Yesterday I was streaming a favorite workout, Pure Barre, who is doing live streams for its members with all of our fav teachers. Last night a teacher I had not taken a class with taught from her living room, and it was a scream. Her cuckoo cat kept coming in and knocking stuff over, and the teacher was wearing a lo-fi outfit and was making fun of her own anxiety. At the same time, she improvised the lack of a barre (de riguer in our studio classes) with a wall lean and a broken chair from her mother, the hoarder. I absolutely adored the hot messiness of it all. I'm very much an aesthete and order muppet, but I am also someone that loves a bit of sloppy chaos. That's what life is, and that's where we're at right now. Have you noticed that anything that feels too perfect or staged just feels all kins of wrong right now? I have. By being exposed to this virus, we've also exposed our vulnerabilities and our divine disarray.
A very close friend of mine was worried that her kids are going to fail their classes because this online curriculum stuff is out of control. I think most parents right now are acknowledging that they may not be cut out for staying at home all day with their children, let alone homeschooling them (I've never felt happier to be a non-breeder, no smug intended). For a society obsessed with perfection (or at least the Instagramification of it), this is a time of reset. Of taking a break. Of acknowledging the beautiful mess in this thing called life. In all of my video calls (in which I refuse to participate because I am notoriously camera-shy Corona or no Corona, honey), people are sort of letting it all go. Two weeks ago? A bit of concealer and a cute top. Now? A scrunchie and a big sweatshirt from college and a bit of wine bloat. Enjoy it, friends. I know there is very little joy in our lives right now, but letting it all go is a good thing. Hearing babies crying during conference calls or pets barking- it's strangely comforting to me. Because it shows that life is going on.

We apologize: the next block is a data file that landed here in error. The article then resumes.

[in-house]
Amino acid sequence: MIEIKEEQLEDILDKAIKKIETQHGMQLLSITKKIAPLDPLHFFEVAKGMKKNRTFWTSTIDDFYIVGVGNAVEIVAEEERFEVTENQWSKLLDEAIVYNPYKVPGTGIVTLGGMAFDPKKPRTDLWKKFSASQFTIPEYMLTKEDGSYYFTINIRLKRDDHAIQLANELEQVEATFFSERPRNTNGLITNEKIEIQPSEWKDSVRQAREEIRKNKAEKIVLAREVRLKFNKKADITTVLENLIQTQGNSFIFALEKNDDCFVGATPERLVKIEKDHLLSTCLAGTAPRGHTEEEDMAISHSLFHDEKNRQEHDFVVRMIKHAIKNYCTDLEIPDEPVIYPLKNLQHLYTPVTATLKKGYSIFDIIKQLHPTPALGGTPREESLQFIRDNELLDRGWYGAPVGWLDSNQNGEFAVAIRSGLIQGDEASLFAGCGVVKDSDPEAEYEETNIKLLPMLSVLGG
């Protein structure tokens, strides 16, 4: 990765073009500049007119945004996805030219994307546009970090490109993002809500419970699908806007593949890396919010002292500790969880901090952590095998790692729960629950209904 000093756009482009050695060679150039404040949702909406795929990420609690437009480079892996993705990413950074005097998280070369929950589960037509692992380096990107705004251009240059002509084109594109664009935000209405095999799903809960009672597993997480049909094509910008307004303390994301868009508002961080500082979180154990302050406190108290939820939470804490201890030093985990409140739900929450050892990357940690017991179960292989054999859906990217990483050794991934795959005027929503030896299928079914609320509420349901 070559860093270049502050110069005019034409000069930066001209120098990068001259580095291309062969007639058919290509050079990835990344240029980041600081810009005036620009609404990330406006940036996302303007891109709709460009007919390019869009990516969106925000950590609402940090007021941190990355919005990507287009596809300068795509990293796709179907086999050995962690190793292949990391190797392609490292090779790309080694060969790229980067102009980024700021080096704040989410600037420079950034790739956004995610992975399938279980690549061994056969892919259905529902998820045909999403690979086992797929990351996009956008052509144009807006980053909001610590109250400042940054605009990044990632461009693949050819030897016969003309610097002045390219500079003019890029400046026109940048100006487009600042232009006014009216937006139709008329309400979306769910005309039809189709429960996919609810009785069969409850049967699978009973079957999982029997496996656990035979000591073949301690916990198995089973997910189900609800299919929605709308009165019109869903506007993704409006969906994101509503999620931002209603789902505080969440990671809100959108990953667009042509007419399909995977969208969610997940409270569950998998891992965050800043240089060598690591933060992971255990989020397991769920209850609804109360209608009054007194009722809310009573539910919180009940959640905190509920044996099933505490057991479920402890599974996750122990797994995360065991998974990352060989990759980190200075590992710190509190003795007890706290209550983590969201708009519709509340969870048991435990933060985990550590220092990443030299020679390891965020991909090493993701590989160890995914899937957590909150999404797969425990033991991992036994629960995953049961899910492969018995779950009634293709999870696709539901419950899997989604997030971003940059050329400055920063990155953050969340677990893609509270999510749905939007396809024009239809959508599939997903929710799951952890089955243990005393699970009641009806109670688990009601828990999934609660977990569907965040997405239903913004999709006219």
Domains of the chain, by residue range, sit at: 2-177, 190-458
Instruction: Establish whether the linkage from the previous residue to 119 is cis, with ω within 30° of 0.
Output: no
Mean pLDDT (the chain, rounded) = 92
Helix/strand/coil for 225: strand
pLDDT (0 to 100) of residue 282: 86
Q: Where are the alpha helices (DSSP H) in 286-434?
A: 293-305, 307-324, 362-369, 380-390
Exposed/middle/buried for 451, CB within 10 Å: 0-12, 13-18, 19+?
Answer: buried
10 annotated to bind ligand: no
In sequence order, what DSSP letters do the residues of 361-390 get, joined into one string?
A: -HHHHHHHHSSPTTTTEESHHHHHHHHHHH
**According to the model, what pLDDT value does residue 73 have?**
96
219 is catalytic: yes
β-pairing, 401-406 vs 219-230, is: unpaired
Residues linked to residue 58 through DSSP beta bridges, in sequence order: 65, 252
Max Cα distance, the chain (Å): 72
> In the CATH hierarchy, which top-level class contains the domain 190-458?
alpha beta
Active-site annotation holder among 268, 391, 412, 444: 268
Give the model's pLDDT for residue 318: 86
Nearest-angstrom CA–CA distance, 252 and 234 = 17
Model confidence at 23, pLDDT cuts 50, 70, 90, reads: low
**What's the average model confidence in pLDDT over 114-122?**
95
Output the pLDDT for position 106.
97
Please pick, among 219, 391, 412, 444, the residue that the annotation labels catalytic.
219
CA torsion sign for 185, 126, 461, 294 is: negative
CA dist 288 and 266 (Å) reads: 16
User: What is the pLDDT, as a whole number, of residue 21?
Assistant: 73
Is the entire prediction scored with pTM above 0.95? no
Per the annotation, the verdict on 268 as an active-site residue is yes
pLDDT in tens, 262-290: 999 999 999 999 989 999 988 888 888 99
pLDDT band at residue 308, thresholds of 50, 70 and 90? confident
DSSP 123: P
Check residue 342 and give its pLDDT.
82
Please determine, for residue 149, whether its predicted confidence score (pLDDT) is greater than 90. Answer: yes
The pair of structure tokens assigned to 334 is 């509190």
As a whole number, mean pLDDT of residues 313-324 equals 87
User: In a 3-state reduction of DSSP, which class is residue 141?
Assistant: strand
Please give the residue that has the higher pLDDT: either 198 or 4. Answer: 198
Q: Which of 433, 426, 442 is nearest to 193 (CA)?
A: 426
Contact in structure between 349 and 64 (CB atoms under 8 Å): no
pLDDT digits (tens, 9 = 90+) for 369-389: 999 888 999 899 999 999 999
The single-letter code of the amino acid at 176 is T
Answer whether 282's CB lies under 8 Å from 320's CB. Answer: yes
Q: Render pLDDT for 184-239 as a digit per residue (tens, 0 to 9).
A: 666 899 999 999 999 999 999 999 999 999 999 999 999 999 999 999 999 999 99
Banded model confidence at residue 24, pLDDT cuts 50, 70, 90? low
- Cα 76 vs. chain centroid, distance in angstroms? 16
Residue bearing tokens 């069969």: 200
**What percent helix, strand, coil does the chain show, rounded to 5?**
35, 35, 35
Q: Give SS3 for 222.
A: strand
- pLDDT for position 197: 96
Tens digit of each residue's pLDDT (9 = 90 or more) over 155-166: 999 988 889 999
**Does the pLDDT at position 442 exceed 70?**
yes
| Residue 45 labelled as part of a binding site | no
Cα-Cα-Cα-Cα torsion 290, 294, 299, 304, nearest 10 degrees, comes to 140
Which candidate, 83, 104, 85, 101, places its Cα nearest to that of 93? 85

And acknowledging that life is not perfect. That we are imperfect. That the struggle is indeed real, and it's powerful. I hate to admit that I've often said I dislike the expression "I'm doing my best" because, to me, it implied somehow that you weren't. I succumbed to the type A freakfest of everything MUST. BE. PERFECT. But right now? We are all genuinely doing our best- to make sense of lives that make zero sense, and to muddle through the day and the endless bad news and the occasional feeling of hope. Maybe even in the near future, doing our best will be a-ok. And enough. More than enough and then some.
I love seeing all of the content showing people intimately and hallelujah- real. We very much needed to get real. That's my take.
Watching the Cuomo brothers rib each other on national TV. All of that kooky dancing happening. People acknowledging their fears of everything from failure to dying from this plague. It's ok. Let it out. LET IT OUT. That imperfect thing I mentioned? Notice how the word starts with IM. Acknowledging you're not perfect acknowledges your humanity. And mortality. And beautiful, authentic self.